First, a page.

I can't take any moa these puns
19 posts • joined 12 Sep 2012
Re: Thinking about this realistically ...
A few points
Hunters usually shoot Trophy Stags which has very little impact on the population carrying capacity as the population is governed by number of Hinds.
Not only do we want to reduce deer numbers but we also want to change deer behaviour. When man is the main predator - deer tend to hide in thick undergrowth. This increases tick numbers (and Lyme disease) and also has a far worse impact on Tree growth. When deer are naturally predated they avoid heavy cover and stay away from trees as they need to be able to see approaching predators.
Natural predation creates a much healthier prey population - the sickest and weakest are first to go - wolves in particular are superb at judging the health of an animal and always prey on the weakest. When the population pressures are lowered there is less malnutrition and disease.
Predators leave carcasses for other carrion eating animals - eg Golden Eagles and there are very few people would argue that there are enough eagles.
Large predators control the numbers of smaller predators (eg foxes)- this has a massive benefit for a host of other species - eg ground nesting birds and small mammals which in turn creates more ecological niches for other species.
What about being able to prove you don't know the pwd?
Ie - Bruce Schneier's Trick* in The Cryptonomicon where the Key is the sequence of cards in a shuffled deck.
When the front Door gets busted down - Drop the cards & the pwd disappears.
You can then prove to the court that the pwd is non-recoverable.
Or is it possible to be Charged with Contempt retrospectively?
Any Terrorists out there willing to try this out?
*Bruce did say not to use cards as spooks/secret police are often known to read books on Crypto...
Reg Users are not typical
Personally I think its a bit ironic as I blame Microsoft!
Cast your mind back 10 years when Mum/Wife/Girlfriend/Uncle Albert were all buying PCs
(Desktops - not even Laptops). When asked why the common answer was:
Email/Internet/Word Processing/Games/Print Christmas Cards etc
None of them were going to write code/ perform complex statistical analysis/ do CAD or any of the myriad of complex computing tasks that we take for granted.
To a large extent these people were suckered (Mainly by Microsoft/Intel) into buying massively over-specced PCs that never got above 5%cpu utilization.
I think there are a lot of valid use cases presented by the commentators here where tablets are clearly unsuited but the key point is that the majority of all PC users can manage quite happily on a tablet/phone and there's absolutely zero incentive for them to ever need to buy a new PC.
As someone above pointed out - this is a shame as these were the people who, to some extent, subsidized our PC innovation.
From now on - the notion that the PC is a "consumer" device is dead and we will revert back to the pre-internet days when only the techies/scientists etc need one.
As an analogy -In the old days you could use a C64 to write games for the C64 but now you need a PC to write games for the PS4. Same thing is happening in the world of PCs/Phones/Tablets.
If Apple were serious - then they'd allow a system where free stuff could be added without needing the AppleID Pasword. As it is - parents & grandparents give the phone to the kids - kids learn pwd when they ask Grandpa to download temple run or something. Setting up & managing separate AppleIDs is a no go for most users.Instead there should be a 2-tier security system with a separate password for free stuff for kids. But it always comes back to the 30%...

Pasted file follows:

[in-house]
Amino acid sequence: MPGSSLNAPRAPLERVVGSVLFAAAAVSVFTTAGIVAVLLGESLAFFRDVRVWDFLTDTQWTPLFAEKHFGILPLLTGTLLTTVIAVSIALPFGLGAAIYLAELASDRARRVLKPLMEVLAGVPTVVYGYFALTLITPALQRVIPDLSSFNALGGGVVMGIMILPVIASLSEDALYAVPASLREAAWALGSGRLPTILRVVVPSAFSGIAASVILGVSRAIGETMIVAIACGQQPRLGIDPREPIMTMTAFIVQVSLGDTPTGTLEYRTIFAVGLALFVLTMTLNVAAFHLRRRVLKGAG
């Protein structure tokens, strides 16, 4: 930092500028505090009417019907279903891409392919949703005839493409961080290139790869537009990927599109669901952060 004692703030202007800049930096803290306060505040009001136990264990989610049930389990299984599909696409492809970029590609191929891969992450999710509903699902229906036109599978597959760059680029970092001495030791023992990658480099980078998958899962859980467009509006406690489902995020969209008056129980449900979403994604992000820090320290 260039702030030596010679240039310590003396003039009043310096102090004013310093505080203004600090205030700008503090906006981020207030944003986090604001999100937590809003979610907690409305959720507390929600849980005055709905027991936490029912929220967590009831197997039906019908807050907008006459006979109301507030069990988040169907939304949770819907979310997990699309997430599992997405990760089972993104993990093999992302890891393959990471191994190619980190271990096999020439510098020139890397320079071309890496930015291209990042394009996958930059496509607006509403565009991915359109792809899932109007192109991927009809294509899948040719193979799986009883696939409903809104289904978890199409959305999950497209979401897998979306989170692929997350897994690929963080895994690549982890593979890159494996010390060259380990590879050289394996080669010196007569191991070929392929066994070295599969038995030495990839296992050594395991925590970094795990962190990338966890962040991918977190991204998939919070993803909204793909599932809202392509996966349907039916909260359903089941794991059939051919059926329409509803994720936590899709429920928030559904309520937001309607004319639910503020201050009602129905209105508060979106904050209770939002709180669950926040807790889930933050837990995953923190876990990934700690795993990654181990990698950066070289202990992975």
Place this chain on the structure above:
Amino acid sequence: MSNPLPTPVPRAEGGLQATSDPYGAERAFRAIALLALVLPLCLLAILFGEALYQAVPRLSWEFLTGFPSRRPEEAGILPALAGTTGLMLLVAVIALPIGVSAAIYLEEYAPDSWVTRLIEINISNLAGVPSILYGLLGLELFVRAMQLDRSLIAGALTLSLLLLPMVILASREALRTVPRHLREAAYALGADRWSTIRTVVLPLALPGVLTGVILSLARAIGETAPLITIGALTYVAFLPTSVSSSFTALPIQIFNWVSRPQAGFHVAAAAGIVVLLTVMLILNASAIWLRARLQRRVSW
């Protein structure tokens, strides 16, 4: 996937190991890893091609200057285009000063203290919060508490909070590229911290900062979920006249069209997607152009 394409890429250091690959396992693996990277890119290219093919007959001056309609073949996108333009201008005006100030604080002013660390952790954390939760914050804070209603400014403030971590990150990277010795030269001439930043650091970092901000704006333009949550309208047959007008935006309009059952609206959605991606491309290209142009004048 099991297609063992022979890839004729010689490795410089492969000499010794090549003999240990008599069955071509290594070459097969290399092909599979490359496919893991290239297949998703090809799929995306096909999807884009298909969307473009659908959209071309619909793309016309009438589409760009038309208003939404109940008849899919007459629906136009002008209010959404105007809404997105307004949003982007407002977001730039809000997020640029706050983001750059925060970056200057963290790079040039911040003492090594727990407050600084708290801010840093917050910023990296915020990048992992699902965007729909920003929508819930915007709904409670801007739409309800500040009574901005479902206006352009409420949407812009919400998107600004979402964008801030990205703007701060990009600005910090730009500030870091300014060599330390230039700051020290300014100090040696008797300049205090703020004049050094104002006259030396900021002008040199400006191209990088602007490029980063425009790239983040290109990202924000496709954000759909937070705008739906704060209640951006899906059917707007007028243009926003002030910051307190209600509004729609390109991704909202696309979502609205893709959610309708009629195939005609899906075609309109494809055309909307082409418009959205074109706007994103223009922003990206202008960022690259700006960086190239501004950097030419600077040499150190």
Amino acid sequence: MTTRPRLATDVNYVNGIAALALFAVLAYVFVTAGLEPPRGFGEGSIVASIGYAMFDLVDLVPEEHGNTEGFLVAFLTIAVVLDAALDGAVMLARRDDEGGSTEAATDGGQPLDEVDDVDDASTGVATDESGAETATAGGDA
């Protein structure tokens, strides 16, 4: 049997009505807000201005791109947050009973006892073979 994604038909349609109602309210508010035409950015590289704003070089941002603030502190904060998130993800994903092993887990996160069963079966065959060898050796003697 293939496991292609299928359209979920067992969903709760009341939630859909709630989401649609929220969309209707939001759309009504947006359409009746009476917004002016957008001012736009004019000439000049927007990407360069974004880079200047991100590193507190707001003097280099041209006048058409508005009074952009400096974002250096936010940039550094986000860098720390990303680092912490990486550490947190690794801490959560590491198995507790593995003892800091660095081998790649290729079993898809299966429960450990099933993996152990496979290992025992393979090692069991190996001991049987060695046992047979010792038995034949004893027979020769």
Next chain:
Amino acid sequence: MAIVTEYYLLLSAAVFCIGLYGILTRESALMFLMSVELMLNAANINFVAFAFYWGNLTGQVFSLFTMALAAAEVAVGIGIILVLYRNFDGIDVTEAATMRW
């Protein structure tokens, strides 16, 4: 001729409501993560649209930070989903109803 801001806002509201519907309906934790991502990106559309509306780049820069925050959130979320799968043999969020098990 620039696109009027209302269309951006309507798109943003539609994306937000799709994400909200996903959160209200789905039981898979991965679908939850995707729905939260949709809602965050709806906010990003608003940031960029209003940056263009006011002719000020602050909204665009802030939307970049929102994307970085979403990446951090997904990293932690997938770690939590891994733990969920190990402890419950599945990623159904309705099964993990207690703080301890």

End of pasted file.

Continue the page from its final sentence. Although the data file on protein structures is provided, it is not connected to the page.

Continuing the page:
Problem with Online Ordering (Amazon)
Hi Folks, One problem I had recently with online - I ordered 2 books from Amazon - did the add to basket thing but then shut down the browser tab (Boss Key)
Anyway I went back in when the coast was clear and re-ordered the books. Wasn't really paying attention & when the lot arrived I found I had 2 copies of each book.
Of course as a Supposed Tech-Literate I should have been aware that the cookies persisted and checked my basket & all that but lets face it - you'd want to be a proper numpty to accidentally buy 2 copies of the same book in a bricks & mortar establishment. (I also believe that Amazon could and should have had a little more validation - "are you sure you want to order 2 copies of etc")
Had to send them back to Amazon & got charged for postage which p*ssed me off mightily.
A win for Waterstones etc as I won't be using Amazon again in a hurry.
Agile = Meh
OK - I'll Bite,
My overall experience of Agile has been extremely underwhelming.
The crazy bit is that it started as a pretty good idea (Kent Beck etc) but the 2 best features (IMO) Test Driven Development & Pair Programming are the one's that are never implemented.
"We haven't got the resources for PP"
"We haven't time to invest up front in a TDD Framework"
Instead you get the bits that Mgmt like because it gives a massive rod to beat the Devs with.
Typically you're given 5 mins at the sprint meeting to work out how long something will take - then when you finally figure out that you've underestimated - you get shafted. So the Devs cop on & start to game the Sprint - massively over-inflating the easy tasks so that they fill their capacity.
Agile is great for little noddy tasks that you'd give the college work experience guy.
"Add a widget to this screen", "Write a report to show X"
For any significant Software Delivery it falls over.
Also I hate the way "Agile" always puts up this 20yo strawman parody of Waterfall methodologies - like we're all still writing COBOL on green screens.
Ask yourself - would you use Agile to: Move data centres? Implement SOX? Port your Software to iOS or Faceback apps? Good luck with that.